We did not go the SCB with a begging bowl; rather we proposed a business deal which also suited their CSR initiatives whilst getting publicity for their bank. We gave them equal publicity and it was a win win all around.

We have all had the best return on our investment, by working together.

And that is true whether you have a billion dollars to invest, or a million, or a hundred thousand, or twenty thousand.

Many of you have probably heard of the letter that Mark Zuckerberg, CEO of Facebook, and his wife wrote to their newborn daughter, Max.

In it they laid out the pressing needs that they saw in the world, for better research into disease, for increased access to education, for a healthier and more equitable future for all. They announced their desire to give away 99% of their wealth—currently some $45 billion dollars—to help those goals become reality.

And the reason they gave was simple. They said, “For your generation to live in a better world, there is so much more for our generation to do… And we want to do what we can, working alongside many others.”

This is true not only for the Zuckerberg family, or the Gates family, or the Birla family, but every family—yours and mine.

If we want our children to live in a better world, we need to do what we can, working alongside many others. Because it is the correct thing to do, the ethical thing to do, the right thing to do. And the time to do it, is now.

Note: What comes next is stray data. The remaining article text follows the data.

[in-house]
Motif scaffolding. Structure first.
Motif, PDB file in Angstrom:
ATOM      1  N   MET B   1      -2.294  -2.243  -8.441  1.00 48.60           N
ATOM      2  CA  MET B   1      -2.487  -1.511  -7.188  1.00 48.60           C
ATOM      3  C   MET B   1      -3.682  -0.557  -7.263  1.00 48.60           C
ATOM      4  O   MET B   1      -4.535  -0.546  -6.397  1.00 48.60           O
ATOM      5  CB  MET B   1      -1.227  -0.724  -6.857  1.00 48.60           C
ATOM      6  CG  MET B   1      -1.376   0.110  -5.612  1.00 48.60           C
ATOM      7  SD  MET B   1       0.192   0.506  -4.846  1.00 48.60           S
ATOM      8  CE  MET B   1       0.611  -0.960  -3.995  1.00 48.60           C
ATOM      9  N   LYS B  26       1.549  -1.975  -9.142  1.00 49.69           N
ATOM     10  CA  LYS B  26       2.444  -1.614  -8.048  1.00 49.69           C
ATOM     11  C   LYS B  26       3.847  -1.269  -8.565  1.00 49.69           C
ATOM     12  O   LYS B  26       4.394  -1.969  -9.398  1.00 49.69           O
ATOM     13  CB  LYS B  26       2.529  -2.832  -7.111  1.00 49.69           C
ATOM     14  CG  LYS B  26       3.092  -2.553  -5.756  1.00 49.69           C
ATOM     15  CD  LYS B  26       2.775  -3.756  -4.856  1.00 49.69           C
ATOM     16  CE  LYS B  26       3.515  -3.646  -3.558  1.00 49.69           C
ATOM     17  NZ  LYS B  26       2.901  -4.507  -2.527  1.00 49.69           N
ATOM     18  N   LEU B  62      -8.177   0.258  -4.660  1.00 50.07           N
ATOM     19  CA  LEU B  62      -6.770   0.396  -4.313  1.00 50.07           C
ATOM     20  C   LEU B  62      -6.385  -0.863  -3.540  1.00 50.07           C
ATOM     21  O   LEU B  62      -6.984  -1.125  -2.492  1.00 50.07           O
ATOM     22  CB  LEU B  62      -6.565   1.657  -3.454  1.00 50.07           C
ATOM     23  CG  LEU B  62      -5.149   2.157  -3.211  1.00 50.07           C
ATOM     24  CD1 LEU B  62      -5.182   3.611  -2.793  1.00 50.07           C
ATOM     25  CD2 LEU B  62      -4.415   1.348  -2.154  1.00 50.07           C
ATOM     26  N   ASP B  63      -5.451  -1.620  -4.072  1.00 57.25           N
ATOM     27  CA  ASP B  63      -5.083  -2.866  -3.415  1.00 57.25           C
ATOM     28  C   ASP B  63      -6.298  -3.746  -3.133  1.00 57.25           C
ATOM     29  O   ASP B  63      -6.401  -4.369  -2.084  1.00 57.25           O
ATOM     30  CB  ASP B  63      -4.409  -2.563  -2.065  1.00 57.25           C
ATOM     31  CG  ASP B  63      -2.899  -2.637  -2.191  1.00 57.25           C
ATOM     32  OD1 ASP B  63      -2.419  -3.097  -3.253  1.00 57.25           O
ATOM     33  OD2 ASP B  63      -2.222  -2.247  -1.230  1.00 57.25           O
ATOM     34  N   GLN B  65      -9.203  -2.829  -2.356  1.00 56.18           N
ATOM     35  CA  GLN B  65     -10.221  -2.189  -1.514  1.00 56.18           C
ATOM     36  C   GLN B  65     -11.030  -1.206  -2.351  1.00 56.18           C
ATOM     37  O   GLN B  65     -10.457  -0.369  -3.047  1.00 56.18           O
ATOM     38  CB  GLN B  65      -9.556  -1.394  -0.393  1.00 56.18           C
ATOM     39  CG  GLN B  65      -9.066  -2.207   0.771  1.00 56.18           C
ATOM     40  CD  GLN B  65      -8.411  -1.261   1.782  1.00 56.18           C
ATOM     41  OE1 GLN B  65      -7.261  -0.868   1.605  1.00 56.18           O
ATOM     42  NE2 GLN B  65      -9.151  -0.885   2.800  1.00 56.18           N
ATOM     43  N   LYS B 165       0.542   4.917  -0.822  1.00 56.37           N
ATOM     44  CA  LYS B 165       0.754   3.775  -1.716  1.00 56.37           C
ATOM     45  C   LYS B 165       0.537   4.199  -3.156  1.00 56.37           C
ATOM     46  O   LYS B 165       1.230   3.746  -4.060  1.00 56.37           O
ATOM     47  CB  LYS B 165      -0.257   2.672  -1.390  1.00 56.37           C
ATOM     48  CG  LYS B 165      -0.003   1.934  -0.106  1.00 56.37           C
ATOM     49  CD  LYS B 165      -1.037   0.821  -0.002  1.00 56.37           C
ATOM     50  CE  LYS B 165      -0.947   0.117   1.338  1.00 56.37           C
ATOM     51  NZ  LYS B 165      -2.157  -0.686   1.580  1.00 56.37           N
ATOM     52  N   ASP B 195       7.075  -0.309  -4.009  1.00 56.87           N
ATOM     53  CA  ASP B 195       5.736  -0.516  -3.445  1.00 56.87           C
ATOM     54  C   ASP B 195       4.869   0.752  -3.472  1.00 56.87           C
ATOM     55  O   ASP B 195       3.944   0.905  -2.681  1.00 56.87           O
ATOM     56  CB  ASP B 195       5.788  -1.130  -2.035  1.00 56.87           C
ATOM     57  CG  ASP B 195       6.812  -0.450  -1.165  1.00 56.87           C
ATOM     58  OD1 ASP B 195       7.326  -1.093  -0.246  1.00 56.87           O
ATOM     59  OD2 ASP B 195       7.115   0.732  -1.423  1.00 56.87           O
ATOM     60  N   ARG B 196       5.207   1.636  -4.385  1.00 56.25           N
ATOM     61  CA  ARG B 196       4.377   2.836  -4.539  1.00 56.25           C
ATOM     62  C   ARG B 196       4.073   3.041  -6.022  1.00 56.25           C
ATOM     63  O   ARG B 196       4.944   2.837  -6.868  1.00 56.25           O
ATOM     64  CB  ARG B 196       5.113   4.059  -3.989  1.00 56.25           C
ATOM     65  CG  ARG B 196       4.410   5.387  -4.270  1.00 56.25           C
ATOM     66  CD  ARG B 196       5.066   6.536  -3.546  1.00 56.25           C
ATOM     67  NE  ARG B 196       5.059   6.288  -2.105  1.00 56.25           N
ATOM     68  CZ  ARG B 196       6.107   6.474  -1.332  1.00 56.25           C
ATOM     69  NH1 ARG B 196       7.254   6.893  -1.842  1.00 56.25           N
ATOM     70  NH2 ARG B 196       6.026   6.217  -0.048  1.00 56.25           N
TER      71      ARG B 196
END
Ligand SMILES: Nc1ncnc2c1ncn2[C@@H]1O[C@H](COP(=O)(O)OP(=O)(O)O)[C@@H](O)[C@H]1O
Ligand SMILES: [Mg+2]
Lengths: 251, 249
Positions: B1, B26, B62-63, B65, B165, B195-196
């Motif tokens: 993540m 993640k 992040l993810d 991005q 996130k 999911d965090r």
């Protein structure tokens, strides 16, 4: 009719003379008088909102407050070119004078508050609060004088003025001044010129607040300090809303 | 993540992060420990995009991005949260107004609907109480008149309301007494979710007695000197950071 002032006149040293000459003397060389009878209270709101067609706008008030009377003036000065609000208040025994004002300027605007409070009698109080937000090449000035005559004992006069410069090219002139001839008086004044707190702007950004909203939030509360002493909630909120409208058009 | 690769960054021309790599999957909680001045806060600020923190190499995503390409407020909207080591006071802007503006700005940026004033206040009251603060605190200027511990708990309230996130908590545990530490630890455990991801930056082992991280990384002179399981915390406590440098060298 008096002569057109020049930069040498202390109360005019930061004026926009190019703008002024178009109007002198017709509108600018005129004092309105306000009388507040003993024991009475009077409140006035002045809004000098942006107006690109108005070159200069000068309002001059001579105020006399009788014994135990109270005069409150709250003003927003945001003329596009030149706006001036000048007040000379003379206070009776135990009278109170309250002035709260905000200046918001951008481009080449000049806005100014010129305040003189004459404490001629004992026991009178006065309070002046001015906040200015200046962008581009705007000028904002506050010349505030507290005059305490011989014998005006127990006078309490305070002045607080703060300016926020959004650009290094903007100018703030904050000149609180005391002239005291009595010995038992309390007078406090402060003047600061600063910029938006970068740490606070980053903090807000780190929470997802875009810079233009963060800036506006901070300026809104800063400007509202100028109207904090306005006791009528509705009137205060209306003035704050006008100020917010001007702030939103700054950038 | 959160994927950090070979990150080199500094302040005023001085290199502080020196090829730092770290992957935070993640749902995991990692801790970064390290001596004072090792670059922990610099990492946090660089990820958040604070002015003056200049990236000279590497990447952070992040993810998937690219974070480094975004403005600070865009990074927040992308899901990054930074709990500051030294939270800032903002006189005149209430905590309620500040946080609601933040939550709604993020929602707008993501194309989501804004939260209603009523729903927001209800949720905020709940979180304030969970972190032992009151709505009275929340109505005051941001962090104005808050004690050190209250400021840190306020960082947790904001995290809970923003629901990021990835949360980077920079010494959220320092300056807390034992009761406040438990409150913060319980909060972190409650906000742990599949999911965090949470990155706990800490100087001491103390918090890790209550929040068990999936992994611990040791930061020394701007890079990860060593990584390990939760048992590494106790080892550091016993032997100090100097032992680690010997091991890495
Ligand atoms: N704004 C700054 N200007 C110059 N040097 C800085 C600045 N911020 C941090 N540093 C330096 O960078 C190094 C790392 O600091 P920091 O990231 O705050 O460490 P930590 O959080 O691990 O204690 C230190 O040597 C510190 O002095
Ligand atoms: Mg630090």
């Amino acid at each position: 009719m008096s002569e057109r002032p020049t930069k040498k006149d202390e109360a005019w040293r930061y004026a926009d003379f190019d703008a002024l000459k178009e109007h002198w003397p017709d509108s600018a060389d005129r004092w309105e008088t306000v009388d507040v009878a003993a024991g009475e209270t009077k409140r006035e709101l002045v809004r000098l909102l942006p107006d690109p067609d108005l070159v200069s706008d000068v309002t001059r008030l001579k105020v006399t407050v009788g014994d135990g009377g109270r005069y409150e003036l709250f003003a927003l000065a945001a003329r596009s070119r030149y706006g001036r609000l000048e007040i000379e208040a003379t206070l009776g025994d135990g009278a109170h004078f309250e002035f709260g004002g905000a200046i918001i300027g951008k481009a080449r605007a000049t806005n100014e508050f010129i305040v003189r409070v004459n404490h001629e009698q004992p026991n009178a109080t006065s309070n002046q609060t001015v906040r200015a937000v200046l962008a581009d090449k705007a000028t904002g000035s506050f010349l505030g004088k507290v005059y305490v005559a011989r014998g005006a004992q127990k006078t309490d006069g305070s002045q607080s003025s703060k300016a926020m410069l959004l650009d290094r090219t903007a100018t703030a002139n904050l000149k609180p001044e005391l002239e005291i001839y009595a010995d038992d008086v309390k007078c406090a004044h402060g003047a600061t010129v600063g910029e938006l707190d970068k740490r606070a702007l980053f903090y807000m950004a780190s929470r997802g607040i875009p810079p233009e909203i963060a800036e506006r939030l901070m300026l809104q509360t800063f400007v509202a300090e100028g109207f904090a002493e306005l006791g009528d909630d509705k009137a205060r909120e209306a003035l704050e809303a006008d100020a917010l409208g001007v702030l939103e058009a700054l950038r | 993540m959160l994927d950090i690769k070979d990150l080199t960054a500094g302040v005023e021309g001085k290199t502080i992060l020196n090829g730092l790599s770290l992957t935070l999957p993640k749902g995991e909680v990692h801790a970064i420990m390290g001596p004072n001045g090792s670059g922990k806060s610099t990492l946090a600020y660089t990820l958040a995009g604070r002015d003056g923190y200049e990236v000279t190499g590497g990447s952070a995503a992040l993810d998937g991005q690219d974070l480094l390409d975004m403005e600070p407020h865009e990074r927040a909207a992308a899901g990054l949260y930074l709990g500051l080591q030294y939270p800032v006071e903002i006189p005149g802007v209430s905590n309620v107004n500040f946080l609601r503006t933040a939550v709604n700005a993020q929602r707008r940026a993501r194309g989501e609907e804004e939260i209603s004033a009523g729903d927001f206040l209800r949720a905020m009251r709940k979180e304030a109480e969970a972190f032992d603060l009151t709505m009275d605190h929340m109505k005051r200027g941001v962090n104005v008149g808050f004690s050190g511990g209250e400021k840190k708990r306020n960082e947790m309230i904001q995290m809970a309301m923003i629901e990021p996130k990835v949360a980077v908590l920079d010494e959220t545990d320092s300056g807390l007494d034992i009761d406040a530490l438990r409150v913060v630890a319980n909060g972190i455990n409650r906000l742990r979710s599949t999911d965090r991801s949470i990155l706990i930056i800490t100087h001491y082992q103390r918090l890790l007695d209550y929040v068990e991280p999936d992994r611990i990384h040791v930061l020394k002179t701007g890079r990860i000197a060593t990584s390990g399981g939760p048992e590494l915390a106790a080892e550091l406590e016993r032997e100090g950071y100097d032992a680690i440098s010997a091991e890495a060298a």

About John Borst

John Borst’s career in education spans the years 1960 to 1996. During those 36 years, he spent an equal amount of time working int he English language, Public and Catholic school boards. Borst taught in both elementary and high school environments. Positions of responsibilities held included department head in Geography, curriculum coordinator of Social and Environmental Studies, Principal, Education Officer with the Ministry of Education, Superintendent of Schools, and Superintendent of Student Services. Borst retired in 1996 as Director of Education for the legacy Dryden Board of Education. During this time, Borst has lived in the Ontario communities of Brampton, Toronto, Newmarket, Thunder Bay, Aurora and Dryden. Currently, Borst splits his time between Dryden and Toronto. Since retirement, Borst has served as a Supervisory Officer with a remote School Authority; been a freelance writer of articles on education in particular for Education Today, the magazine of the Ontario Public School Boards’ Association (OPSBA); founded and edited from 2006 - 2010 the Education blog Tomorrow’s Trust: A Review of Catholic Education; and from 2003-2010 was a trustee of the Northwest Catholic District School Board.
This entry was posted in Guest Column and tagged , , , , , , , , . Bookmark the permalink.

Leave a Reply

Fill in your details below or click an icon to log in: Logo

You are commenting using your account. Log Out /  Change )

Google photo

You are commenting using your Google account. Log Out /  Change )

Twitter picture

You are commenting using your Twitter account. Log Out /  Change )

Facebook photo

You are commenting using your Facebook account. Log Out /  Change )

Connecting to %s